Craig Mainor shares advice for people living with multiple sclerosis and their families.
June Halper, MSN, APN-C, MSCN, FAAN: So Craig, what advice would you give to a person who’s feeling like they may have MS [multiple sclerosis] or they’re feeling isolated? How would you get them back into gear?
Craig Mainor: I would say first, determine whether you have MS. Figure out what’s wrong, go to a professional, and allow them to help you with that diagnosis. But second, understand that with the support of both your family and the medical professionals, there is hope and there is some promise. There are a lot of advancements in today’s medical treatment, specifically around MS. As we said earlier, there has been a lot of progress just in the last 10, 15, 20 years. It’s not all downhill from here. There are some challenges that are going to come, but with your team, your family and your medical team, you can make it, and I’m an example of that.
June Halper, MSN, APN-C, MSCN, FAAN: As we finish our chat today, how’s your family holding up?
Craig Mainor: When we talk about forgetting you have MS or you’re being reminded, I don’t believe that my MS is a constant thought for my family because I’m doing pretty well. But at the beginning I know that my wife had some concerns about not only my future, but our future. But my daughters, they understand that I have MS.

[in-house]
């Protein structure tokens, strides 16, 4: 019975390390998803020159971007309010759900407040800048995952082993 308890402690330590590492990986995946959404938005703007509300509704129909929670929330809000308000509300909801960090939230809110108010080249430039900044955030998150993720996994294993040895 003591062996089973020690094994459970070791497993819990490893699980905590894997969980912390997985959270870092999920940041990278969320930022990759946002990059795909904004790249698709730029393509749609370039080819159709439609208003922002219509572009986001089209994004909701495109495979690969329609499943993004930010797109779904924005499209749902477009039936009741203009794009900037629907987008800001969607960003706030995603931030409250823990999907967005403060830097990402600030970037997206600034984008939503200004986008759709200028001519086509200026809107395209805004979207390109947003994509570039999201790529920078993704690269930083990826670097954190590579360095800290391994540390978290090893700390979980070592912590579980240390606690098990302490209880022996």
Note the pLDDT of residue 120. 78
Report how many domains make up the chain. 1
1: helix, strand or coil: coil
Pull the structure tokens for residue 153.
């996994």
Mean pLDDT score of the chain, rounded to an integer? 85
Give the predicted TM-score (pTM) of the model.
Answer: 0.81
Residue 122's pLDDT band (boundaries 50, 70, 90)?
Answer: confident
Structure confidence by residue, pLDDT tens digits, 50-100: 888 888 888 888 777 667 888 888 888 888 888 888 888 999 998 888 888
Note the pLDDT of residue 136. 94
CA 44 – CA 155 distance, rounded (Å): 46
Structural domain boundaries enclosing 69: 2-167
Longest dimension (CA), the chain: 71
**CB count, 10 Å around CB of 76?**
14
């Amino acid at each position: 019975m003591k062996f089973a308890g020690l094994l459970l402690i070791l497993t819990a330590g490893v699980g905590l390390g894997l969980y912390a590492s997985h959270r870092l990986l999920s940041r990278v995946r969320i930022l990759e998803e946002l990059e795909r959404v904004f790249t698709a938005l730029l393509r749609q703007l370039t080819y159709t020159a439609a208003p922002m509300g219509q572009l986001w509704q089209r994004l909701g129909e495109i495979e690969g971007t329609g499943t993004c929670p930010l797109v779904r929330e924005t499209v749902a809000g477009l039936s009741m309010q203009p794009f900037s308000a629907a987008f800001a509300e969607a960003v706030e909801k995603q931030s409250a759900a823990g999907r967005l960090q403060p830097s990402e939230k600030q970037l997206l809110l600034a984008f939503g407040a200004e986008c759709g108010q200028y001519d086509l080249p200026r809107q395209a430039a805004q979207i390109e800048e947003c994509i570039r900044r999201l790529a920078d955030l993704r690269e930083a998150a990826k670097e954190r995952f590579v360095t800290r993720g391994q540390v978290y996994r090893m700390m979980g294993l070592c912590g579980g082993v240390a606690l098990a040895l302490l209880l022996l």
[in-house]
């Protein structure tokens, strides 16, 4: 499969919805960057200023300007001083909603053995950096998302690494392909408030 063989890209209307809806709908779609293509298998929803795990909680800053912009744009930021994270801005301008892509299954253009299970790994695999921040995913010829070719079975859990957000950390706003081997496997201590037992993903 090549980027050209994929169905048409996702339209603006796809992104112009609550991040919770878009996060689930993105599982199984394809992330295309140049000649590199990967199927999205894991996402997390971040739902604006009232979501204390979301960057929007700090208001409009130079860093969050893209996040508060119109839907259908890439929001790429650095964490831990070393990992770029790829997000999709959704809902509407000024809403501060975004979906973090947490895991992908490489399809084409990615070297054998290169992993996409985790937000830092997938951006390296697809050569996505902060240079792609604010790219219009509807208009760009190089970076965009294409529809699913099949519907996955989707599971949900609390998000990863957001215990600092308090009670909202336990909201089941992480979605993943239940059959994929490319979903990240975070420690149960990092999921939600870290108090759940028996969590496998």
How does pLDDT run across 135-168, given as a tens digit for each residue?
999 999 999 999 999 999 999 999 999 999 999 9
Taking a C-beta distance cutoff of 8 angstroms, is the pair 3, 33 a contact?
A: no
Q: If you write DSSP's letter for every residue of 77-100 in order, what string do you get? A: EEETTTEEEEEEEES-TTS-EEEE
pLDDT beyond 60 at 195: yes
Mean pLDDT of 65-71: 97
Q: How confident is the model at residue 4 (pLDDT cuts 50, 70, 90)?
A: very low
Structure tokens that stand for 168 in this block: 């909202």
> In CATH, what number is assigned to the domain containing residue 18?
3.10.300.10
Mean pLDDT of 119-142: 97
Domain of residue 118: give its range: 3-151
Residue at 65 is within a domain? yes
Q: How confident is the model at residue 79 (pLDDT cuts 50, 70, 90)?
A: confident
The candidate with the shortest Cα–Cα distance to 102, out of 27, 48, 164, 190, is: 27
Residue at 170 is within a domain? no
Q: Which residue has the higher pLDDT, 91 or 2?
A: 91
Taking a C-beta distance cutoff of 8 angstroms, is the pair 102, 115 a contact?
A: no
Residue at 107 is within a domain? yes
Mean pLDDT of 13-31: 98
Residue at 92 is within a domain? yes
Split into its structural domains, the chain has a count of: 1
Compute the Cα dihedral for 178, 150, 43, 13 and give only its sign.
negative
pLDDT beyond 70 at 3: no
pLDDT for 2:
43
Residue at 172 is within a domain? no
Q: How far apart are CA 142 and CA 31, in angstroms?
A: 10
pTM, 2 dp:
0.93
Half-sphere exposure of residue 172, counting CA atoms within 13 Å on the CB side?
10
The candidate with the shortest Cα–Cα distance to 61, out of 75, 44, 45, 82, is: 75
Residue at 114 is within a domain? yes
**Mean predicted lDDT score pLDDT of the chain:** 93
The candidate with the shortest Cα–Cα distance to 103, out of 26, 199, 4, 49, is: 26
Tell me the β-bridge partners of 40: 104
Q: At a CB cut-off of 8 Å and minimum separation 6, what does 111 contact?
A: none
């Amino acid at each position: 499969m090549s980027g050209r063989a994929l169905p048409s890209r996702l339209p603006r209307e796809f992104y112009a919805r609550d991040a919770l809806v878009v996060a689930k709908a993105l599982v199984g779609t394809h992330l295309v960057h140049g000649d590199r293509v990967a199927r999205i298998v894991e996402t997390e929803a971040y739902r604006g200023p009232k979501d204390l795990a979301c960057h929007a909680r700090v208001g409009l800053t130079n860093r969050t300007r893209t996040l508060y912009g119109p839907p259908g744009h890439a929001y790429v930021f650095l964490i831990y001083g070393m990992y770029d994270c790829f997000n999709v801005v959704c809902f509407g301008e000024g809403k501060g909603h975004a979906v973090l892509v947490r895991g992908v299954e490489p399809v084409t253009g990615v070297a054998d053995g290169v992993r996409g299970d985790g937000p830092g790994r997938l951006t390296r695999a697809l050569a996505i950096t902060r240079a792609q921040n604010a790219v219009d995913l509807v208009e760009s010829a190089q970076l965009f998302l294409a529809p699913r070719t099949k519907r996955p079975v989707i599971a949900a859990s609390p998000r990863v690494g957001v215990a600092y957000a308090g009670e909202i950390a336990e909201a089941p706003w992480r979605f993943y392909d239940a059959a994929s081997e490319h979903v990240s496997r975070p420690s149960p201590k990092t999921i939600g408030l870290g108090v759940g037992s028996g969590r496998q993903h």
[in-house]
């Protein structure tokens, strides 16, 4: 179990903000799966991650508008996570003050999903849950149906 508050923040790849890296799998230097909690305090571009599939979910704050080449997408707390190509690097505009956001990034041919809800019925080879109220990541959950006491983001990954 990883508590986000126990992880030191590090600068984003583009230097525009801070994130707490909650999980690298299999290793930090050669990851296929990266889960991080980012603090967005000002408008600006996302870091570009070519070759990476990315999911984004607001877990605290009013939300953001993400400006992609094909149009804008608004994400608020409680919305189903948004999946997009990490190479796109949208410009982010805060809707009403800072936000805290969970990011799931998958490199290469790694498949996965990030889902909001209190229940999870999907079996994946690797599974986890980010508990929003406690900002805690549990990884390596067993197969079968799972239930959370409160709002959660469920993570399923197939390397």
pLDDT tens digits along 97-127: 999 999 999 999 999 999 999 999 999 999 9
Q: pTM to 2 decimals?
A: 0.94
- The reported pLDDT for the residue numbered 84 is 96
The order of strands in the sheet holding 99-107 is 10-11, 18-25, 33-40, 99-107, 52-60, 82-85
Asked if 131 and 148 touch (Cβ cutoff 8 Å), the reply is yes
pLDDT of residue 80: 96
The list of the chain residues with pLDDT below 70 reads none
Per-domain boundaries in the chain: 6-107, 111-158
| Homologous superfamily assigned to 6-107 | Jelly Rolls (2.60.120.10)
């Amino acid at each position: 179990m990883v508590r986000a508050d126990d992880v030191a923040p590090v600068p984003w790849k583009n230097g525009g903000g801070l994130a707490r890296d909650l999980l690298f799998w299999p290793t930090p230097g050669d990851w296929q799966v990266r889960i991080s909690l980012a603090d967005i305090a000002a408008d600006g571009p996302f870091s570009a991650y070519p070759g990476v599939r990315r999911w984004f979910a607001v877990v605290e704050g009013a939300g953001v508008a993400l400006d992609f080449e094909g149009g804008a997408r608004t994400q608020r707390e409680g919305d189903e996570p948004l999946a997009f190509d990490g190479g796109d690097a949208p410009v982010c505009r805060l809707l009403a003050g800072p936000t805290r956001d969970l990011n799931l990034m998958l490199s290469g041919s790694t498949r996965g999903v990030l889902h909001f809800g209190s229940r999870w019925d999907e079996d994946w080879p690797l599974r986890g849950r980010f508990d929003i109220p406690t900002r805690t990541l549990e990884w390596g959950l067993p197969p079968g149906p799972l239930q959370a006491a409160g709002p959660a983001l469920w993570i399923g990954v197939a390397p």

June Halper, MSN, APN-C, MSCN, FAAN: How many daughters do you have?
Craig Mainor: I have two daughters, one 19 and one is 13. They came into this world after my diagnosis. So they all know, my wife included, that I have it, that there have been some hiccups. But I don’t believe that with my current state and status, that it’s something lingering in their head. Occasionally I’ll mention it, or they’ll have a friend whose parent or maybe someone they know has it, and they‘ll say, “My dad has MS.” In fact, my youngest daughter last year said, “Do you still have MS?” And I said, “Yes, it’s here.”
June Halper, MSN, APN-C, MSCN, FAAN: Interesting. I remember the times when it was an unwelcome guest in the family, and it seems like yours comes and goes, right?
Craig Mainor: Yes. The guest is there at the table, but nobody’s paying attention to him, because I’m doing well.
June Halper, MSN, APN-C, MSCN, FAAN: You live with 3 women too, there are other priorities in your household.
Craig Mainor: I’m the only male in the house. That’s right.
Transcript edited for clarity